Owen Bonnici was not just found to have breached my fundamental human rights on 15 September 2018. He was found to have breached the fundamental human right to free expression of Daphne’s sons and sisters and parents, the right of protesters in groups or as individuals every time they came to Valletta and left a flower or a candle or a message and had it removed by his orders. He breached the fundamental human rights of all these people every day for over 500 days that his illegal order was carried out.

He went beyond limits that were too much for Vladimir Putin who gave up on clearing the Boris Nemtsov memorial in Moscow after some 130 times.

He defied the pleas of international human rights organisations, journalists from all over the world, writers, activists, members of the European Parliament not to mention of course the protesters themselves insisting that suppressing this protest was his duty.

Owen Bonnici behaved, in the words of the court today, “absurdly”, “with pique” and by turning a memorial “into an instrument of division”.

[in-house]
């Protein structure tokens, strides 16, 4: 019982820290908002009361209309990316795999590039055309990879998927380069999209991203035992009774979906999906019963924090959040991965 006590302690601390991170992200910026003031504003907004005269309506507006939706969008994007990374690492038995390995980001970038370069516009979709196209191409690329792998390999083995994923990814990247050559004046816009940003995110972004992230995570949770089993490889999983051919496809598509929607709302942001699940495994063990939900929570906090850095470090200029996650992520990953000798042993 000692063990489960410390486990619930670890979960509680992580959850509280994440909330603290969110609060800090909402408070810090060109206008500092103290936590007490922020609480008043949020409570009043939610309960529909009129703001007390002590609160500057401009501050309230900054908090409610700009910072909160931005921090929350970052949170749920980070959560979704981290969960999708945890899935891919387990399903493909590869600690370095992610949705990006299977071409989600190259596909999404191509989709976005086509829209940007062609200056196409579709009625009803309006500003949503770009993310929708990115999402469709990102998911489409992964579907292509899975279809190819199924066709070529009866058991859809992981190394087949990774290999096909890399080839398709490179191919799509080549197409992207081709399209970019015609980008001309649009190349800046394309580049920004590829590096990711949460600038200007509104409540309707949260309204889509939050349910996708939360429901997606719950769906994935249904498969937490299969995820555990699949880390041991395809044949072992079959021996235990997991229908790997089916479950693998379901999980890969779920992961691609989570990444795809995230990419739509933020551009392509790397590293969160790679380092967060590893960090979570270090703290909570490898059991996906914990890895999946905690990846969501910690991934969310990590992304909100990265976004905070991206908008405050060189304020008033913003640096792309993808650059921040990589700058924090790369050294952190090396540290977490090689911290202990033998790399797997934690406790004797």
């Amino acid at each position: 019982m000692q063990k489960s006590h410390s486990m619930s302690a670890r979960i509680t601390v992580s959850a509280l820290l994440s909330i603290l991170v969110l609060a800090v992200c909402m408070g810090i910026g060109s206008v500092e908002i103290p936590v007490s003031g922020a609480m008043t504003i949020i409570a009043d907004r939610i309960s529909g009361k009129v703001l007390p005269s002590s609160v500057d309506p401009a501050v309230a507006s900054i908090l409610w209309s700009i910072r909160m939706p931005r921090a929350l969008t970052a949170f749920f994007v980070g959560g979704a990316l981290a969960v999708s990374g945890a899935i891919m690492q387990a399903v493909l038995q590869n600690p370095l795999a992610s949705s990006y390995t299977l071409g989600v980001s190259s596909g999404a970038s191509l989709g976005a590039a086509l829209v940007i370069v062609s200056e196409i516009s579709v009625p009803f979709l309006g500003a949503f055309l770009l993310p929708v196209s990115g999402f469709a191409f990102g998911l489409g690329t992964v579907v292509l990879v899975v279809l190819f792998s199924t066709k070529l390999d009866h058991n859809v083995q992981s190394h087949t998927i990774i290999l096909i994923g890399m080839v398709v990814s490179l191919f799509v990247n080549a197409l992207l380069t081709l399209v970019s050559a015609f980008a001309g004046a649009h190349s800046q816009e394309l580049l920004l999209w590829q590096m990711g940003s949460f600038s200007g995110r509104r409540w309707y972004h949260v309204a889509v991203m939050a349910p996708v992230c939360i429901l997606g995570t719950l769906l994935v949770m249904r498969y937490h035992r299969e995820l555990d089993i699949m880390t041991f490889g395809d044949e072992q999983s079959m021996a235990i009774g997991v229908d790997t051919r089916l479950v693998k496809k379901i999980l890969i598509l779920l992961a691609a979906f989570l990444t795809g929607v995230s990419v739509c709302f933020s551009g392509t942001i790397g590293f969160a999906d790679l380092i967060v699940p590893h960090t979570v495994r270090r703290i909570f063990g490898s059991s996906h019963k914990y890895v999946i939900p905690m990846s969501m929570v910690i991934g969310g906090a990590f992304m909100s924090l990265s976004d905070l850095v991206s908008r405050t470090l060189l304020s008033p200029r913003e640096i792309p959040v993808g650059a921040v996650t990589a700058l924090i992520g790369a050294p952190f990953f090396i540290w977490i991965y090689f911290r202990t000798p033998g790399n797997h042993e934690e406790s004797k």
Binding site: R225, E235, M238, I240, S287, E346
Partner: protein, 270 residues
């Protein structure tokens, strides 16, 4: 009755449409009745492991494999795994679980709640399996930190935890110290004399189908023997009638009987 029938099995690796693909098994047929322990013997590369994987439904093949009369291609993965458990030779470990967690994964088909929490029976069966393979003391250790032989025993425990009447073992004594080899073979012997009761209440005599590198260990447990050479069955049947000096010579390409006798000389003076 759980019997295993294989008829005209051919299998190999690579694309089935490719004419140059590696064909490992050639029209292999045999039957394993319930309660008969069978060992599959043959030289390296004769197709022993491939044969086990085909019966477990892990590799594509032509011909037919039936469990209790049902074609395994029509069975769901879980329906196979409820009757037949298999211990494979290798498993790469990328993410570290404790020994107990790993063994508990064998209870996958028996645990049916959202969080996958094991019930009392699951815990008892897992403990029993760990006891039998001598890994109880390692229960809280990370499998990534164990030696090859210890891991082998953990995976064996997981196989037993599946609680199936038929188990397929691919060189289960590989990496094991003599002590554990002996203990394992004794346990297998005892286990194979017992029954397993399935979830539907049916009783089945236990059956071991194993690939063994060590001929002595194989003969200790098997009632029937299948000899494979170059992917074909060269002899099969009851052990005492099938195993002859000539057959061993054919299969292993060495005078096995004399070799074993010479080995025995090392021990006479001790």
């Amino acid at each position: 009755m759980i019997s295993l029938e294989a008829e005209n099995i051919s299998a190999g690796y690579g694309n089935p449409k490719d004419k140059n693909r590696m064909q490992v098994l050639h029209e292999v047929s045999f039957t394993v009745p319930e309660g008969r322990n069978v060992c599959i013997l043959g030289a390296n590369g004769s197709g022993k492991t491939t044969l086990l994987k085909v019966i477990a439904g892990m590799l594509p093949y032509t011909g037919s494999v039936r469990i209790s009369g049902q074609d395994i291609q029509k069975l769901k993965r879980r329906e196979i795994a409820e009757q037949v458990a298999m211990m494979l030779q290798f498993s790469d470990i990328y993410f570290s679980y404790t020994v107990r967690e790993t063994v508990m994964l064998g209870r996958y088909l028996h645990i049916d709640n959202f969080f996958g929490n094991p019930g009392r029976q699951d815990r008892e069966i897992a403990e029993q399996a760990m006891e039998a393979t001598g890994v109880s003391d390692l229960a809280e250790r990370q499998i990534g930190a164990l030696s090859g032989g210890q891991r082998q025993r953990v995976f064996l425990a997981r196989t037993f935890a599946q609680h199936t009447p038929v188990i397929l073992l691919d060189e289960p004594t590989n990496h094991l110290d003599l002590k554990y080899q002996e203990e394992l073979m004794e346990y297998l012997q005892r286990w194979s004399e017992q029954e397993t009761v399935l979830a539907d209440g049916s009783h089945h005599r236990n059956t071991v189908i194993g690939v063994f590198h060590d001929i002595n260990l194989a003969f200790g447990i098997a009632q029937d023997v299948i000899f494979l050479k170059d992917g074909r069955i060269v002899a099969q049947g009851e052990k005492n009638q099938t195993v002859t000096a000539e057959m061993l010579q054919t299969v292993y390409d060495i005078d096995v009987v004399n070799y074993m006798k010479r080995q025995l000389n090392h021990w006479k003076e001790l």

That is especially significant because Owen Bonnici’s official breach of fundamental human rights gave the example to private citizens who felt they were doing the right thing when they themselves vandalised and removed the protest items from the memorial, when they insulted and assaulted protesters, and in the case of my wife when they beat her up in broad daylight on a busy street.

Owen Bonnici did this when he was minister for justice whose first duty is to safeguard everyone’s fundamental human rights. He did the opposite.

Now he’s minister for education, whose first responsibility is to nurture a generation of responsible citizens that are aware of their rights and willing to stand up to fight for them.

Owen Bonnici’s position as a government minister is entirely untenable. He must resign and if he doesn’t his prime minister Robert Abela must remove him.

This should be a lesson for Robert Abela as well. Up to yesterday the prime minister continued to show disdain for the right to protest in times and places and with methods that are chosen by protesters, not by those protested against. The court decision of today is a lesson in democracy, a principle of which is the opposite of what Robert Abela seems to think. May this be the lesson he needs.